Connecticut public lands need our help

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An important national debate is playing out in Hartford right now as the Connecticut General Assembly is currently considering a state Constitutional Amendment about the future of the Connecticut’s public lands. S.J. 39 would prevent the state from transferring, swapping, or selling state-owned lands without appropriate public input — and if it passes, it will further demonstrate Connecticut’s long history of valuing our parks, wildlife areas, waterbodies, and open spaces.

By passing S.J.39, the Connecticut legislature has an opportunity to stand up for all of us who enjoy and admire our local, state, and federal public lands. We at the National Wildlife Federation are proud to stand shoulder-to-shoulder with our state affiliate and partner, the Connecticut Forest & Park Association (CFPA), to conserve Connecticut’s open spaces and expand recreational opportunities. CFPA works with private landowners to provide access to the Blue-Blazed Hiking Trail System and to improve the forest management and conservation practices of these landowners.

In a state with lands that are almost completely privately owned, the dedication of private individuals to conservation is commendable, but healthy wildlife populations and opportunities for outdoor recreation still depend on irreplaceable lands, like state parks and forests. Every acre of conserved land, both public and private, is of immense value to the state.

The importance of Connecticut’s public lands goes beyond wildlife and conservation. Outdoor recreation in Connecticut is a huge economic engine — bringing in money from hiking, camping, fishing, hunting, paddling, birding, and other sports. According to the Outdoor Industry Association, more than 60 percent of Connecticut residents participate in outdoor recreation every year. When combined with visitors from out-of-state, outdoor recreation generates $6.9 billion in annual consumer spending and supports 71,000 jobs. State Forests and State Parks alone generate $1 billion in economic activity and support 9,000 jobs.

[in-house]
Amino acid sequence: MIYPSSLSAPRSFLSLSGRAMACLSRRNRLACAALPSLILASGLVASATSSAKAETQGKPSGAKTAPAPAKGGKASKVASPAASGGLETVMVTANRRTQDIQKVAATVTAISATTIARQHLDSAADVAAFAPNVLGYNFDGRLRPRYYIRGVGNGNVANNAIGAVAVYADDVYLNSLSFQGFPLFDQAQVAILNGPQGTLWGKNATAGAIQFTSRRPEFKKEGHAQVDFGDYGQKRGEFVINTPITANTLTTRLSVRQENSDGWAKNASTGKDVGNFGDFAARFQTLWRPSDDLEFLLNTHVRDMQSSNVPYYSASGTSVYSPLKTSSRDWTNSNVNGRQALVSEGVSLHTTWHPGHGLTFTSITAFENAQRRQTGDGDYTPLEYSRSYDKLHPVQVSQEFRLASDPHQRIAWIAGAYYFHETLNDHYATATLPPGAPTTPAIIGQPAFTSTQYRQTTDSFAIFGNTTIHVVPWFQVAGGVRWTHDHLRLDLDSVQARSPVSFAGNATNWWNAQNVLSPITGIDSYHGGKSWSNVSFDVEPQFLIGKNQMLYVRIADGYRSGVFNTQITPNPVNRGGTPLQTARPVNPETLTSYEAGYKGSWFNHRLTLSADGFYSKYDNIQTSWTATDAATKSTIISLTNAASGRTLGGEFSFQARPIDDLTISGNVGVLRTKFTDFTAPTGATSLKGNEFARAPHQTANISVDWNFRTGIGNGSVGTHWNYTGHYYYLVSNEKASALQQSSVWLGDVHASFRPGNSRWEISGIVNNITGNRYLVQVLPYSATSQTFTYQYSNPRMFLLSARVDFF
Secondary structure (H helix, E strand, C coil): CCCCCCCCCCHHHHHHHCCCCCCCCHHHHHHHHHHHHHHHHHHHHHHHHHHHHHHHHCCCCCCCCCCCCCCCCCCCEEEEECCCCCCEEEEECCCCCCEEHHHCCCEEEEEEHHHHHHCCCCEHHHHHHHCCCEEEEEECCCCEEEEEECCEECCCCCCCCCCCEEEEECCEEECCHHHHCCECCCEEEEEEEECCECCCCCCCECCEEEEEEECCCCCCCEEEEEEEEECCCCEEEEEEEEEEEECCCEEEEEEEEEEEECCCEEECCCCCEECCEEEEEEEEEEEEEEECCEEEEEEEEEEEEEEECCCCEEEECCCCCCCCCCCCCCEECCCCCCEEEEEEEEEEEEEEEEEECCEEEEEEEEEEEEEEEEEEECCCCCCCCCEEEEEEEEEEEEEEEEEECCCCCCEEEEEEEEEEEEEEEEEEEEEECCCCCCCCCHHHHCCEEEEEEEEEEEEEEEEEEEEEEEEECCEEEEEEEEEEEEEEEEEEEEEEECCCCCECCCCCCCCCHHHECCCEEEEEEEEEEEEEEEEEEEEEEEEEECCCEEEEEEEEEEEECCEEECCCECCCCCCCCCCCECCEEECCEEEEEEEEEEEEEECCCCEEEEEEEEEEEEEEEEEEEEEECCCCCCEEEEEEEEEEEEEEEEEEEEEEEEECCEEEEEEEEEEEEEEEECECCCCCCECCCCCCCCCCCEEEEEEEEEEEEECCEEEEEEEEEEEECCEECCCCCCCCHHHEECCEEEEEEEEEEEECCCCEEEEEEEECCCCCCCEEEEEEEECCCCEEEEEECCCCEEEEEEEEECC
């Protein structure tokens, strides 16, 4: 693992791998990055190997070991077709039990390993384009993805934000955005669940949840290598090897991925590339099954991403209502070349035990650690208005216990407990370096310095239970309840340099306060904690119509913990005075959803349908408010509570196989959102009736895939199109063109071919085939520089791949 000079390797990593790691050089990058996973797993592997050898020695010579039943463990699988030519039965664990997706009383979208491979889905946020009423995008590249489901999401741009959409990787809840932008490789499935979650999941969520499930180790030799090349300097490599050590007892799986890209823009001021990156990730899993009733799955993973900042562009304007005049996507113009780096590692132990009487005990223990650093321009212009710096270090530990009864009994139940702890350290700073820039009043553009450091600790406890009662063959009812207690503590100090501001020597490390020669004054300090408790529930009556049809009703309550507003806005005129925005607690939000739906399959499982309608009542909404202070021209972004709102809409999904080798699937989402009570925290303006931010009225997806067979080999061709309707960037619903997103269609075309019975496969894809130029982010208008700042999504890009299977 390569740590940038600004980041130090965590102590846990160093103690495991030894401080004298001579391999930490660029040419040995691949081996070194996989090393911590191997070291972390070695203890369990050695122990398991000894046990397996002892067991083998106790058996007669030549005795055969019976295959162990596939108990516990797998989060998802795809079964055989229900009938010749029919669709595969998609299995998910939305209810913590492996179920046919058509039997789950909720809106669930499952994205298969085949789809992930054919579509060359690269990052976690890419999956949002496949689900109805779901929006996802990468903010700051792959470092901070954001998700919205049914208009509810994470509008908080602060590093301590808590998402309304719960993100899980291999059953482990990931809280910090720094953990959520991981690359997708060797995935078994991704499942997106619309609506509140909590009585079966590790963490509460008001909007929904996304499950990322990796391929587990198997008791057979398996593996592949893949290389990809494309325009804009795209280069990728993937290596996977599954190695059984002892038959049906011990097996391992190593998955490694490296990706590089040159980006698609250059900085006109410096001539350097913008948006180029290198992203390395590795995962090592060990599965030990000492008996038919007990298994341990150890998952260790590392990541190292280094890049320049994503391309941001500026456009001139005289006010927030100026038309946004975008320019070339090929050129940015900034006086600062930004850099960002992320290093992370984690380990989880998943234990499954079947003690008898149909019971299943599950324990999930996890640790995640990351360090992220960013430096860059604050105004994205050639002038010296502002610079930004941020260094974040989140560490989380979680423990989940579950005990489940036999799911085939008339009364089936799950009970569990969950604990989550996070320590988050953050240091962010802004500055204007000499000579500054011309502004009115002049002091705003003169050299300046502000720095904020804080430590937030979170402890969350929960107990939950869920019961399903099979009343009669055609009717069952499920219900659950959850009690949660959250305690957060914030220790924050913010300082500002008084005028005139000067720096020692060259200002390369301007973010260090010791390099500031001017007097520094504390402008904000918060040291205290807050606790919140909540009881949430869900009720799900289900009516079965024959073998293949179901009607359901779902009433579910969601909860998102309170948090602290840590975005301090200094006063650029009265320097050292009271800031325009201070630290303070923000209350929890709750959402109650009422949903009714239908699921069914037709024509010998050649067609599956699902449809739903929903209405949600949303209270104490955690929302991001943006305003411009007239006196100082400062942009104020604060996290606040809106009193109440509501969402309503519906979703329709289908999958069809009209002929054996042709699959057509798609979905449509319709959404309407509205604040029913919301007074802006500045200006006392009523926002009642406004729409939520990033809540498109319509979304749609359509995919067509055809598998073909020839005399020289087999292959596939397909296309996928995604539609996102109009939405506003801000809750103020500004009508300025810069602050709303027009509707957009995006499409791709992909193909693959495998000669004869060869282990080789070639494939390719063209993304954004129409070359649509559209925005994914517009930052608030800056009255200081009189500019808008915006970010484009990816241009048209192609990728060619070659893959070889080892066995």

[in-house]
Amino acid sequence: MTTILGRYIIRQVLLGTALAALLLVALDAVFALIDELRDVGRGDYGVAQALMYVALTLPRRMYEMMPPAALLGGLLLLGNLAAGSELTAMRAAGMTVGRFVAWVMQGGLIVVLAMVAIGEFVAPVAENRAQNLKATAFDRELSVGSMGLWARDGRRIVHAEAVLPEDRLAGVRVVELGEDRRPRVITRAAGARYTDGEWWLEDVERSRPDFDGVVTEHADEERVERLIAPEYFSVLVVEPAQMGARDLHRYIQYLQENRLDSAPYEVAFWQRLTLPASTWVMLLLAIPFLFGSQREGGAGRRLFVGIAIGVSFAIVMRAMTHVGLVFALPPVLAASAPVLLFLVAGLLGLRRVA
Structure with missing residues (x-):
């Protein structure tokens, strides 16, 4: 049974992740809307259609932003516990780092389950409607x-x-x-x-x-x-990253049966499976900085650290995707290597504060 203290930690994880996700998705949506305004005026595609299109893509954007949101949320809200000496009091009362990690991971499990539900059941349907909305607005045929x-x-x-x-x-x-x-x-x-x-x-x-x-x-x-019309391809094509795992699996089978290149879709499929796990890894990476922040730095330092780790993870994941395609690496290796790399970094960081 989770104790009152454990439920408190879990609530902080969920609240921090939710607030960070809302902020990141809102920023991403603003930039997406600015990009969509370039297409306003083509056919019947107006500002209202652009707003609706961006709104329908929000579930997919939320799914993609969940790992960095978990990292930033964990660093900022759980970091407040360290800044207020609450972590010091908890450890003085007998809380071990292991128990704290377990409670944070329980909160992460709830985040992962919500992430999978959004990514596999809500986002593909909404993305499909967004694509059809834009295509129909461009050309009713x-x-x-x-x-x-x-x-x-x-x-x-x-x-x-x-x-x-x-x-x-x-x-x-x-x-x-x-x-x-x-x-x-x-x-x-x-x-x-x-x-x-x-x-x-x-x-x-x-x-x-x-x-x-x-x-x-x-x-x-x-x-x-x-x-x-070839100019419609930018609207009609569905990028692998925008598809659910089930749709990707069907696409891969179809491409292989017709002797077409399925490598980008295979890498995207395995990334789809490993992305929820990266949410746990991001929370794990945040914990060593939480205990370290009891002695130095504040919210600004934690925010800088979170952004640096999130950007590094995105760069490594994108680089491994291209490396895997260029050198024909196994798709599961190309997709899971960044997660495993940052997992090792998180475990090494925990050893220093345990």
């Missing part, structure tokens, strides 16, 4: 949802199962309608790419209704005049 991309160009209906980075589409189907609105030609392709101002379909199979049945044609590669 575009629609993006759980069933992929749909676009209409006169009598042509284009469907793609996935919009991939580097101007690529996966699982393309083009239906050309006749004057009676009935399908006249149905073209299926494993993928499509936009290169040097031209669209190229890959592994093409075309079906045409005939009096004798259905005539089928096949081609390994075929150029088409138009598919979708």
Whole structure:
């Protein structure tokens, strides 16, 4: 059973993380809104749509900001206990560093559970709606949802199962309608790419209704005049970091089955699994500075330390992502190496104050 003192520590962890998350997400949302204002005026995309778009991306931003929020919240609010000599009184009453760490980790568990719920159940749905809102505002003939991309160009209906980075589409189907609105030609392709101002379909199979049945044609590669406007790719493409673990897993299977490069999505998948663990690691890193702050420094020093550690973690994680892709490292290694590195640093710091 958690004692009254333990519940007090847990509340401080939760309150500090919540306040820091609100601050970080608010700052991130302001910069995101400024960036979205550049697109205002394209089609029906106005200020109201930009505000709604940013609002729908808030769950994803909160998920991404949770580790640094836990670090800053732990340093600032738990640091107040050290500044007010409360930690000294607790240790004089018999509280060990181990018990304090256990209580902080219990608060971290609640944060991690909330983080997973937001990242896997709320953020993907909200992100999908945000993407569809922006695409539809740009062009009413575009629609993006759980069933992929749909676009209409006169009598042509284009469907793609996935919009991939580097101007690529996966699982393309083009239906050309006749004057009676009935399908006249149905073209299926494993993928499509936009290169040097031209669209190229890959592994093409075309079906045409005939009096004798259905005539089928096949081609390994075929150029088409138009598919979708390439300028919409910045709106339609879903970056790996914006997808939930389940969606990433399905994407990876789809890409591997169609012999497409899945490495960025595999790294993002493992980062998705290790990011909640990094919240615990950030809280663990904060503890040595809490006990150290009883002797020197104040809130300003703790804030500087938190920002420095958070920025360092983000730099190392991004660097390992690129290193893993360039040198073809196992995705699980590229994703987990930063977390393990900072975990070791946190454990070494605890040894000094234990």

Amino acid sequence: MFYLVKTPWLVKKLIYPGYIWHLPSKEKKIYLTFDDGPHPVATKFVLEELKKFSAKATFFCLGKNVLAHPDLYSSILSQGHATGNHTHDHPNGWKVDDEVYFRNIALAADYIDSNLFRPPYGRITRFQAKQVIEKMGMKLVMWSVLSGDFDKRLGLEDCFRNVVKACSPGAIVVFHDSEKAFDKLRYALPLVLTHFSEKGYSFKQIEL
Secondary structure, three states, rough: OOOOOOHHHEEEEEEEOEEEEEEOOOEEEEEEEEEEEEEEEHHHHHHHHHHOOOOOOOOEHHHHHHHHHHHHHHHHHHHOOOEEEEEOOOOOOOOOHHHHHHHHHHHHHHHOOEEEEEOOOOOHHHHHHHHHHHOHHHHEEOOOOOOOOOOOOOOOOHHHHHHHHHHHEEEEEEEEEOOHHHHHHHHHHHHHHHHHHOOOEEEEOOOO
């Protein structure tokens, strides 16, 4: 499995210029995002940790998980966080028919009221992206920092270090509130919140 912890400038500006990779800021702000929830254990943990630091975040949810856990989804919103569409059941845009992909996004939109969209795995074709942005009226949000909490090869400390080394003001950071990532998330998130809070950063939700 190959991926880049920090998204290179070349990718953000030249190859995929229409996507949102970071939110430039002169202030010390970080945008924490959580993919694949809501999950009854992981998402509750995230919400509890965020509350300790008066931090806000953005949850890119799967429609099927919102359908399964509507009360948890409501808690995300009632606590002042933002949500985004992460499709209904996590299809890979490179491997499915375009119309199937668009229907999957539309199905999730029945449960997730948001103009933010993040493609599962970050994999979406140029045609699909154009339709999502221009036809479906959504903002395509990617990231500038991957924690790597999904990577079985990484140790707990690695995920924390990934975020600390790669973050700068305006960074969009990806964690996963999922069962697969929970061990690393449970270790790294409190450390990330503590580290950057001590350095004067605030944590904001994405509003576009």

The benefits of state lands extend well beyond their borders. Protected forests enhance air and water quality, which in turn enhance the quality of life of nearby and downstream neighbors. Many Americans dream of visiting the Grand Canyon and Yellowstone, but too many are never afforded the opportunity to do so. State lands provide opportunities for people to hunt, fish, hike, camp, and enjoy the outdoors right in their own backyards. America’s parks remain our country’s greatest and most treasured idea because of what they provide for everyone, of all political persuasions and all walks of life.

Although public land issues are frequently associated with Western states, if Connecticut passed this amendment it would join Northeastern states Maine, Massachusetts, and New York in establishing policies that focus on state lands. The amendment will require public input and a two-thirds vote from the state House and Senate, but does not prevent state lands from being conveyed.

The fight for the future of public lands is ranging all over the nation. Recently, tens of thousands of camouflage-clad hunters, anglers, and outdoor enthusiasts descended upon statehouses across the West, led by the state affiliates of the National Wildlife Federation and other conservation organizations, to fight back against state and federal measures attempting to sell off public lands. These politically diverse protests showed that attitudes towards public lands do not conform to party lines.

While politically-active public lands movements are emerging all across the country, we encourage thousands of great conservationists across Connecticut to engage on S.J. 39 and ensure that lawmakers know that there will be a political cost to secretly transferring or selling off state-owned lands.

Connecticut’s outdoor heritage is worth fighting to protect — for ourselves and future generations, because once state-owned lands are given away, they are lost forever. Unlike other policy decisions, these choices cannot simply be undone by future politicians. After S.J.39 passes, the next step will be putting it on a ballot for public consideration. Once this happens, public engagement and the support of Nutmeggers will determine whether it passes. We hope that you will join with the members of the National Wildlife Federation and CFPA and call or email lawmakers and urge them to stand up for Connecticut’s natural resources, our tourism economy, and our outdoor heritage.

Collin O’Mara is President and CEO of the National Wildlife Federation.

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